The very first edition of Greeks that Nothing New Press published 17 years ago was merely a reprint of Miss Guerber’s original book. However, the edition currently in print is the Fourth Edition by Christine Miller. Christine used Miss Guerber’s text as a base, but has made significant changes to it, making the Fourth Edition unique – so unique, in fact, that it is no longer accurate to call it a reprint.
The beginning chapters of Guerber’s history were completely rewritten, with much additional material supplied. Guerber’s Greeks began with two chapters, I. Early Inhabitants of Greece, and II. The Deluge of Ogyges, in which the pre-Greek inhabitants of the peninsula were depicted as savage cave-dwellers who devoured their meat raw. In Guerber’s history, without the benefit of the advanced civilizations of the Egyptians and the Phoenicians, who sent colonies to Greece, these natives would still be wearing animal skins.
The first four chapters of Nothing New Press’ Greeks replaces Guerber’s first two chapters entirely: I. The Beginning of the Nations, II. The First Inhabitants of Greece, III. Old Greek Fairy Tales, IV. More Greek Fairy Tales. (See the NNP’s Greeks Table of Contents.) In them, the true history of the first Greeks is restored as the descendants of Japheth, the son of Noah, who arrived in the Balkan peninsula after their dispersal from the Tower of Babel. The true cataclysmic Deluge was the Flood of Noah, and these events are restored to the history, of course, especially as they related to the Greeks. Furthermore, Greek mythology is introduced as a corruption of the true Biblical history recorded in Genesis, which the Greeks, as descendants of Japheth, retained. These chapters are some of the most fascinating in the book, and bear no resemblance to Guerber’s history (download the first three chapters free).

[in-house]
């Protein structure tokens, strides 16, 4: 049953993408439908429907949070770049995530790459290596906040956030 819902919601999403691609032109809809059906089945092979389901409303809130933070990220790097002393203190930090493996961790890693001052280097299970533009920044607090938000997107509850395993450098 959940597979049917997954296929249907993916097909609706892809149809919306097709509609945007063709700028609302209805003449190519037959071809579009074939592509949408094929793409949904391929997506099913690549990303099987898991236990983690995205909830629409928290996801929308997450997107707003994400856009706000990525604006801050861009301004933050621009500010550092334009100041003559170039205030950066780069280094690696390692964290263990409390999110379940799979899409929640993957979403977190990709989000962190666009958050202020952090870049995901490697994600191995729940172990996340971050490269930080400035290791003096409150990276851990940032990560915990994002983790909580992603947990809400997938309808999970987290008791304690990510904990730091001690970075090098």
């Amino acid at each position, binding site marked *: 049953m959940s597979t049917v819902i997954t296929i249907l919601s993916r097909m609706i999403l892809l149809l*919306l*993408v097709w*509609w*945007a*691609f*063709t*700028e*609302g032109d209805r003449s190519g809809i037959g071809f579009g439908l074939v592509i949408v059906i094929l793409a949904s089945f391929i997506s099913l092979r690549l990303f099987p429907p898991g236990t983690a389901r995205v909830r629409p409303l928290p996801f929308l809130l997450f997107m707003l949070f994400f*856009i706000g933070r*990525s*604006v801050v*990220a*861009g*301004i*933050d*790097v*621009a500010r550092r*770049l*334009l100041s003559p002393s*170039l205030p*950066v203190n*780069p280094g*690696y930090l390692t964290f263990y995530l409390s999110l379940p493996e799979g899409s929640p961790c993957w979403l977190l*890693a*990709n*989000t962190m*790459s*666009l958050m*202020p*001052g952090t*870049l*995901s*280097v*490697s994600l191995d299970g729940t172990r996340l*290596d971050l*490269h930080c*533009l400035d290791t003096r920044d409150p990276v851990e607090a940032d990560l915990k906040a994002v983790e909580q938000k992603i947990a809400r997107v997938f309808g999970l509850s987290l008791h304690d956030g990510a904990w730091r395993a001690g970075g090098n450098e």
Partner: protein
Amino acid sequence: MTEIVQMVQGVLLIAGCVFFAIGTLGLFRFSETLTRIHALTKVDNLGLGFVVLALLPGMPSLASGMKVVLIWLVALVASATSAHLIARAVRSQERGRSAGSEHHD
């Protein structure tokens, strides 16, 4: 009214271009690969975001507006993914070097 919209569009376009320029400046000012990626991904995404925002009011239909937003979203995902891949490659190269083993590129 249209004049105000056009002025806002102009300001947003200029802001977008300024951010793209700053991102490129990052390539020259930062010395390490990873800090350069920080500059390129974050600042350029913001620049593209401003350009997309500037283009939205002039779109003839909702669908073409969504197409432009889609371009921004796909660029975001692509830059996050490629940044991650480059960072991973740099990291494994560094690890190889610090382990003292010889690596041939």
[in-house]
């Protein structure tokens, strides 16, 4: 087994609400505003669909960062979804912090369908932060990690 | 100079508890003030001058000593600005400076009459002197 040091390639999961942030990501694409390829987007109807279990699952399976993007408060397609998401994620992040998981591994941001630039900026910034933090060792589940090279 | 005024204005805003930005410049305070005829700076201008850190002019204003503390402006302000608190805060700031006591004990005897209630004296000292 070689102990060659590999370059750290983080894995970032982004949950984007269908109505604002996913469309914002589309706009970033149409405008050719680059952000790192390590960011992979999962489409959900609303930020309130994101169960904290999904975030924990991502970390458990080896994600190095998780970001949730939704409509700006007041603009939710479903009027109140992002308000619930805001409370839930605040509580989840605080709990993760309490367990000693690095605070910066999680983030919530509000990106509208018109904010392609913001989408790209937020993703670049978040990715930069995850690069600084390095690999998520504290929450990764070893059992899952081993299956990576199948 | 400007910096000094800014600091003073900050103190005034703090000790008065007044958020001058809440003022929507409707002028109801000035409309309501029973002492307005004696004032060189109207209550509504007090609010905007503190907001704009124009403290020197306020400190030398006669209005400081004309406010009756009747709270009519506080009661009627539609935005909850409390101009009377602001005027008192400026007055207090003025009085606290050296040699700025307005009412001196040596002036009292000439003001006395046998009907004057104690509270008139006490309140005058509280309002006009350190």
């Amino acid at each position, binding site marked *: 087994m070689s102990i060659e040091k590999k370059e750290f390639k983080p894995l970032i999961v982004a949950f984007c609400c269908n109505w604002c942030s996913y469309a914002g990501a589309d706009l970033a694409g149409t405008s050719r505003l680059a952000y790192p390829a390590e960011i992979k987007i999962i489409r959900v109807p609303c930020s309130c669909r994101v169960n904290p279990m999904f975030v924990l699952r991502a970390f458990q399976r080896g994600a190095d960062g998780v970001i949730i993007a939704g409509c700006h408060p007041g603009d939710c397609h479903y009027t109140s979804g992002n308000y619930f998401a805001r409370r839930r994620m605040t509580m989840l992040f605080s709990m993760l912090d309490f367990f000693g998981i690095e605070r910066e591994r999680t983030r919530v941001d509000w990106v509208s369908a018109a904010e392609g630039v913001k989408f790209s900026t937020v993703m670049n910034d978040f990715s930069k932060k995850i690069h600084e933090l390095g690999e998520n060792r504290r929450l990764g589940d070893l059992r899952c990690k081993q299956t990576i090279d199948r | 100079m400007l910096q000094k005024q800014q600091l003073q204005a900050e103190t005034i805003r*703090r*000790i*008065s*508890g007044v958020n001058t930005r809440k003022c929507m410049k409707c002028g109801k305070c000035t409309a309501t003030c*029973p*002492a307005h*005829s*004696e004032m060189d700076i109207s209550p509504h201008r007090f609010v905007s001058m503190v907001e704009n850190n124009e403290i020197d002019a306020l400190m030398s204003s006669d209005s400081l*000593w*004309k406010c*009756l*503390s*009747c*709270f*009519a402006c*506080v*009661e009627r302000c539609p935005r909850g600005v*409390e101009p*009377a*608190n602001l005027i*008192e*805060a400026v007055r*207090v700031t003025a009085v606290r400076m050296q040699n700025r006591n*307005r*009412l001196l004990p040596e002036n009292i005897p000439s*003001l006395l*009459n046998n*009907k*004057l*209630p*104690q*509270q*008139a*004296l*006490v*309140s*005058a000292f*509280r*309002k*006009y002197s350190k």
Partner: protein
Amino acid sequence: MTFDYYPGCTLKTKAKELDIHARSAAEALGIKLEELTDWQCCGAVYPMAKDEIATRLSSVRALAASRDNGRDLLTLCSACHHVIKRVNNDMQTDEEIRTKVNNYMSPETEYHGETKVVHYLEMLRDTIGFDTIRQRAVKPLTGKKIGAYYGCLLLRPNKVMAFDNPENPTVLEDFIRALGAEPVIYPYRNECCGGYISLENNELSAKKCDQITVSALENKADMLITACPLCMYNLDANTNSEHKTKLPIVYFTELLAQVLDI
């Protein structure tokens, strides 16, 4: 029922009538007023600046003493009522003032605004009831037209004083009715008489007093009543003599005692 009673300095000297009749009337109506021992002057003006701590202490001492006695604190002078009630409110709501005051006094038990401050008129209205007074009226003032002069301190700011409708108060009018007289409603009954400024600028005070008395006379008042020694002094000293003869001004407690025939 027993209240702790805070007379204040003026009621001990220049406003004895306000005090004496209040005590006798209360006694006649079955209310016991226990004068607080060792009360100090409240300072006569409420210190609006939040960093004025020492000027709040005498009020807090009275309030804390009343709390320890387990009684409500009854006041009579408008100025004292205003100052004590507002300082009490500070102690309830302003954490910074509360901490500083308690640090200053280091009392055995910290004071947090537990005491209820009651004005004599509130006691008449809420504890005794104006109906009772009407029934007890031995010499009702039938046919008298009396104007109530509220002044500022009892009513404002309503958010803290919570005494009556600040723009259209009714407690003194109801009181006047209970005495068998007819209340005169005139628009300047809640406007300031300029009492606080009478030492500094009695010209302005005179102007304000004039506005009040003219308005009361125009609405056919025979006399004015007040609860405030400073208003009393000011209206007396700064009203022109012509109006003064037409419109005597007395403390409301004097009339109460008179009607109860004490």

Once this introduction of the Greeks is made, the thread of Guerber’s history is followed, but again veering from it to make corrections in several places, all of which are recorded in the Publisher’s Preface. More new material is interwoven into the narrative, especially in the chapters about the Greek kingdoms founded by Alexander the Great. Christine has added many events important to Biblical history and prophecy, which makes the New Testament more clear, but which do not have a counterpart in Guerber’s Greeks.
And of course, many additional maps, illustrations, the timeline of persons and events, and the Recommended Reading list keyed to the chapters, also set The Story of the Greeks by Christine Miller apart from The Story of the Greeks by H. A. Guerber found elsewhere.
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